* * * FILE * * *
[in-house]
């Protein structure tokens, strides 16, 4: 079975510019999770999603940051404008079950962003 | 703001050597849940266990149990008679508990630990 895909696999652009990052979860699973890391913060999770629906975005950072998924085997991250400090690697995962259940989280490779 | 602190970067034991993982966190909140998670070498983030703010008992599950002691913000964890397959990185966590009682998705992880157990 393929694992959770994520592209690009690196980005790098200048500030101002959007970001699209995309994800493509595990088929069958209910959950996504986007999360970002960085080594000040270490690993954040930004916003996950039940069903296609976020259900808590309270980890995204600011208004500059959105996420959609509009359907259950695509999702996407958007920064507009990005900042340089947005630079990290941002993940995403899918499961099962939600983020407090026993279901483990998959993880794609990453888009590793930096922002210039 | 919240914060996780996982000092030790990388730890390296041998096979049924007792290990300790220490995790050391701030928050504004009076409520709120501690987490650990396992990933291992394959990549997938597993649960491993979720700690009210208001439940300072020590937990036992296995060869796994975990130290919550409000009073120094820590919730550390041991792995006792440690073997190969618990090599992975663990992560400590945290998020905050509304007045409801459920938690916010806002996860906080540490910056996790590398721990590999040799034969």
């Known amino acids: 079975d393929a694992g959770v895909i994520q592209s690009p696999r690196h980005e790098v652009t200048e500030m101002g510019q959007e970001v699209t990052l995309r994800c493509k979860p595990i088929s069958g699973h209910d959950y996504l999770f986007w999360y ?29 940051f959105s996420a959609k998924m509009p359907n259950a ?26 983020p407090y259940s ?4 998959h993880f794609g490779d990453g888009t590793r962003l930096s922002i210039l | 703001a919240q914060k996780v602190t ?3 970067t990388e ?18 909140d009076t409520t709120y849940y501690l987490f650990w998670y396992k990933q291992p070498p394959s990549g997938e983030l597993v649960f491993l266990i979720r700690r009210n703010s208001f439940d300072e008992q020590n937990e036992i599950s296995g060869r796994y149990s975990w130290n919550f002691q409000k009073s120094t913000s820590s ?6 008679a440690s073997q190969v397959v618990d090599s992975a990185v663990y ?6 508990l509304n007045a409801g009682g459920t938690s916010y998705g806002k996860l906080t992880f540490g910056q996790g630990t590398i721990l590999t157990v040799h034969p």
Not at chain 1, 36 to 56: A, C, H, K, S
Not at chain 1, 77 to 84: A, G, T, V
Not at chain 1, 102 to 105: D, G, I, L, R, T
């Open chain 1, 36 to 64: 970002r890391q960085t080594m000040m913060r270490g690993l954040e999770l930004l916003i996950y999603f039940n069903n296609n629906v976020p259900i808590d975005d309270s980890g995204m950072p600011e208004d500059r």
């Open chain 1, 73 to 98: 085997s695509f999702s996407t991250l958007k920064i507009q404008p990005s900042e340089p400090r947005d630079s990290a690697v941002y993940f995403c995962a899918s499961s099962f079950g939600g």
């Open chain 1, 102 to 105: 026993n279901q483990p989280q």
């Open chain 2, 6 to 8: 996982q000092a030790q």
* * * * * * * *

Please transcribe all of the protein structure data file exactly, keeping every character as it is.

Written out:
[in-house]
């Protein structure tokens, strides 16, 4: 079975510019999770999603940051404008079950962003 | 703001050597849940266990149990008679508990630990 895909696999652009990052979860699973890391913060999770629906975005950072998924085997991250400090690697995962259940989280490779 | 602190970067034991993982966190909140998670070498983030703010008992599950002691913000964890397959990185966590009682998705992880157990 393929694992959770994520592209690009690196980005790098200048500030101002959007970001699209995309994800493509595990088929069958209910959950996504986007999360970002960085080594000040270490690993954040930004916003996950039940069903296609976020259900808590309270980890995204600011208004500059959105996420959609509009359907259950695509999702996407958007920064507009990005900042340089947005630079990290941002993940995403899918499961099962939600983020407090026993279901483990998959993880794609990453888009590793930096922002210039 | 919240914060996780996982000092030790990388730890390296041998096979049924007792290990300790220490995790050391701030928050504004009076409520709120501690987490650990396992990933291992394959990549997938597993649960491993979720700690009210208001439940300072020590937990036992296995060869796994975990130290919550409000009073120094820590919730550390041991792995006792440690073997190969618990090599992975663990992560400590945290998020905050509304007045409801459920938690916010806002996860906080540490910056996790590398721990590999040799034969």
């Known amino acids: 079975d393929a694992g959770v895909i994520q592209s690009p696999r690196h980005e790098v652009t200048e500030m101002g510019q959007e970001v699209t990052l995309r994800c493509k979860p595990i088929s069958g699973h209910d959950y996504l999770f986007w999360y ?29 940051f959105s996420a959609k998924m509009p359907n259950a ?26 983020p407090y259940s ?4 998959h993880f794609g490779d990453g888009t590793r962003l930096s922002i210039l | 703001a919240q914060k996780v602190t ?3 970067t990388e ?18 909140d009076t409520t709120y849940y501690l987490f650990w998670y396992k990933q291992p070498p394959s990549g997938e983030l597993v649960f491993l266990i979720r700690r009210n703010s208001f439940d300072e008992q020590n937990e036992i599950s296995g060869r796994y149990s975990w130290n919550f002691q409000k009073s120094t913000s820590s ?6 008679a440690s073997q190969v397959v618990d090599s992975a990185v663990y ?6 508990l509304n007045a409801g009682g459920t938690s916010y998705g806002k996860l906080t992880f540490g910056q996790g630990t590398i721990l590999t157990v040799h034969p």
Not at chain 1, 36 to 56: A, C, H, K, S
Not at chain 1, 77 to 84: A, G, T, V
Not at chain 1, 102 to 105: D, G, I, L, R, T
């Open chain 1, 36 to 64: 970002r890391q960085t080594m000040m913060r270490g690993l954040e999770l930004l916003i996950y999603f039940n069903n296609n629906v976020p259900i808590d975005d309270s980890g995204m950072p600011e208004d500059r």
């Open chain 1, 73 to 98: 085997s695509f999702s996407t991250l958007k920064i507009q404008p990005s900042e340089p400090r947005d630079s990290a690697v941002y993940f995403c995962a899918s499961s099962f079950g939600g």
């Open chain 1, 102 to 105: 026993n279901q483990p989280q």
């Open chain 2, 6 to 8: 996982q000092a030790q």